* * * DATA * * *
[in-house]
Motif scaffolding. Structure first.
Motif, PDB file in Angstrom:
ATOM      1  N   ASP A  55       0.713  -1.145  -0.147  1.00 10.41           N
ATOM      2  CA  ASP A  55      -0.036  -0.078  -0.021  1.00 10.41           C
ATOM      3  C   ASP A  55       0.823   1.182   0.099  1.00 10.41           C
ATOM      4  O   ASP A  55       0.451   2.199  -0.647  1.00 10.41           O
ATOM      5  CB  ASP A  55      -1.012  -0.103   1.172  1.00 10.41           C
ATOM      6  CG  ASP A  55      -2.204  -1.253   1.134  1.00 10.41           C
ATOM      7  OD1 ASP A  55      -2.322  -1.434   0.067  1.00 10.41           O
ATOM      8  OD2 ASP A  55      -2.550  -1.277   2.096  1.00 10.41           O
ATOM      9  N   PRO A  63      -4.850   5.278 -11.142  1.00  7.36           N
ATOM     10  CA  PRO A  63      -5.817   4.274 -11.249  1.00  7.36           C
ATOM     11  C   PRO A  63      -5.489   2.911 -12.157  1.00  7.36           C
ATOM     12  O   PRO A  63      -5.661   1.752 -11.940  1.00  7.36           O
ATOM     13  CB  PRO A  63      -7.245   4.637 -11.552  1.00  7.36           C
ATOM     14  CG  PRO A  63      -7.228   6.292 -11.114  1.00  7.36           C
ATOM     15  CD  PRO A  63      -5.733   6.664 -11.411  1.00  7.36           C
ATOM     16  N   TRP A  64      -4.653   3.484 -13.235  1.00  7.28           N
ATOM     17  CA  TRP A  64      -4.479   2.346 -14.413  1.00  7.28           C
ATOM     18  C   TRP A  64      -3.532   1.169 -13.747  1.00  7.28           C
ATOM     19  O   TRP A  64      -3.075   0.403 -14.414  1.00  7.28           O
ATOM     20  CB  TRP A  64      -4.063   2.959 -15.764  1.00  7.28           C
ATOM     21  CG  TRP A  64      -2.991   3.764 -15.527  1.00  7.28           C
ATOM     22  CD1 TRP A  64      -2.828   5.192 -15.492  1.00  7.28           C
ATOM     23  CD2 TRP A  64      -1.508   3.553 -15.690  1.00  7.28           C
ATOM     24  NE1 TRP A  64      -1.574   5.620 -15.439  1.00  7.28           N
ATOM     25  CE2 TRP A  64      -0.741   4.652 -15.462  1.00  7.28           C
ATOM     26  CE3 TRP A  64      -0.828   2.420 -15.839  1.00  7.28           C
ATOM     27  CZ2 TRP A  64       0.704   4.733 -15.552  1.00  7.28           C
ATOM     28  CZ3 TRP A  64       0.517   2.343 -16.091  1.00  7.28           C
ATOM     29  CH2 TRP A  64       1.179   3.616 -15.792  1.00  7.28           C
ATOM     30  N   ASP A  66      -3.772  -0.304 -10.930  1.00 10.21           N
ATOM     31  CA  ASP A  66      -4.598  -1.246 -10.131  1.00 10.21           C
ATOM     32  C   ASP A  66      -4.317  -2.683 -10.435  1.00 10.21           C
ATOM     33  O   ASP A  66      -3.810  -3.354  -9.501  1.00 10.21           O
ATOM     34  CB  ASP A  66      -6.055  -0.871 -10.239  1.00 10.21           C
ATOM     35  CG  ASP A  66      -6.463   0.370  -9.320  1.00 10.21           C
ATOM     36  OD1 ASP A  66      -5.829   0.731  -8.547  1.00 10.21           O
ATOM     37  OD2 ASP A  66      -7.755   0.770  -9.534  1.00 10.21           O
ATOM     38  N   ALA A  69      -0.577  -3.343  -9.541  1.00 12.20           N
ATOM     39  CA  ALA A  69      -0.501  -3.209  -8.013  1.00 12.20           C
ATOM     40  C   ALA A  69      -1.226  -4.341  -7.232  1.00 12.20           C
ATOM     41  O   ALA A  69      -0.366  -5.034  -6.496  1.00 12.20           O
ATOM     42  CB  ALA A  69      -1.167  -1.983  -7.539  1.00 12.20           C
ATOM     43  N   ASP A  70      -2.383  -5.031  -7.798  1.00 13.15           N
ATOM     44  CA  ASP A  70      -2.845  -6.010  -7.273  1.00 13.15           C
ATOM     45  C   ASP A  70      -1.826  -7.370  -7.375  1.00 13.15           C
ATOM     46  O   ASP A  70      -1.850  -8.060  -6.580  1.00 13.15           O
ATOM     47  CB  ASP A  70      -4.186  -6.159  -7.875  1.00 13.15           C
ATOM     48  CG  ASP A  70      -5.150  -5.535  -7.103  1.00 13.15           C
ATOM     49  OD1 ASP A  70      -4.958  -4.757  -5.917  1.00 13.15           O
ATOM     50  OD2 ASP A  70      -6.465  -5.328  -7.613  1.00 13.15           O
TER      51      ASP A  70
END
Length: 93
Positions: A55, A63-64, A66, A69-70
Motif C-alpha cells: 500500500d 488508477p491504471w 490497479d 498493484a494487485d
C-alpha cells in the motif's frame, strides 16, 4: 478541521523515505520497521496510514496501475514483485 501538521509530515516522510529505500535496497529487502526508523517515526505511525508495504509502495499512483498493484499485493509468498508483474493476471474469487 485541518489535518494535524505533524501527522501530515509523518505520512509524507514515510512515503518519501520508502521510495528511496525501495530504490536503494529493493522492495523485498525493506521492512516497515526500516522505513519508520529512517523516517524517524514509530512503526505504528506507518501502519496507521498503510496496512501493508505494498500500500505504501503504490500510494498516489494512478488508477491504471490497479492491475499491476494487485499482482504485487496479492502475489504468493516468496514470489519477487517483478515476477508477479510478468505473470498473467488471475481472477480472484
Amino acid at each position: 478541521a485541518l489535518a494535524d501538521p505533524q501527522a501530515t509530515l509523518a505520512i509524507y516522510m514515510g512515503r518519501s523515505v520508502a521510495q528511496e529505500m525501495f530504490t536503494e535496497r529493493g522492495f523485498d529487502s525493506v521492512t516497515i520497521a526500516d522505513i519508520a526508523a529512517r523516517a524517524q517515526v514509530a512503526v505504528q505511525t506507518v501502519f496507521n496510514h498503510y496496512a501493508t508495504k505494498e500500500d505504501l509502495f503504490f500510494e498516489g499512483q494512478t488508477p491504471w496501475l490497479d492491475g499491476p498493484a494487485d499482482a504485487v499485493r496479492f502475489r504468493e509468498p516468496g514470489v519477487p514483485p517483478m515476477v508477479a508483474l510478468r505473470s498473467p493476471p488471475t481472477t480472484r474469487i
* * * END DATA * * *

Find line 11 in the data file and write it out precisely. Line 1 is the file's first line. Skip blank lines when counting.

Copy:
ATOM      8  OD2 ASP A  55      -2.550  -1.277   2.096  1.00 10.41           O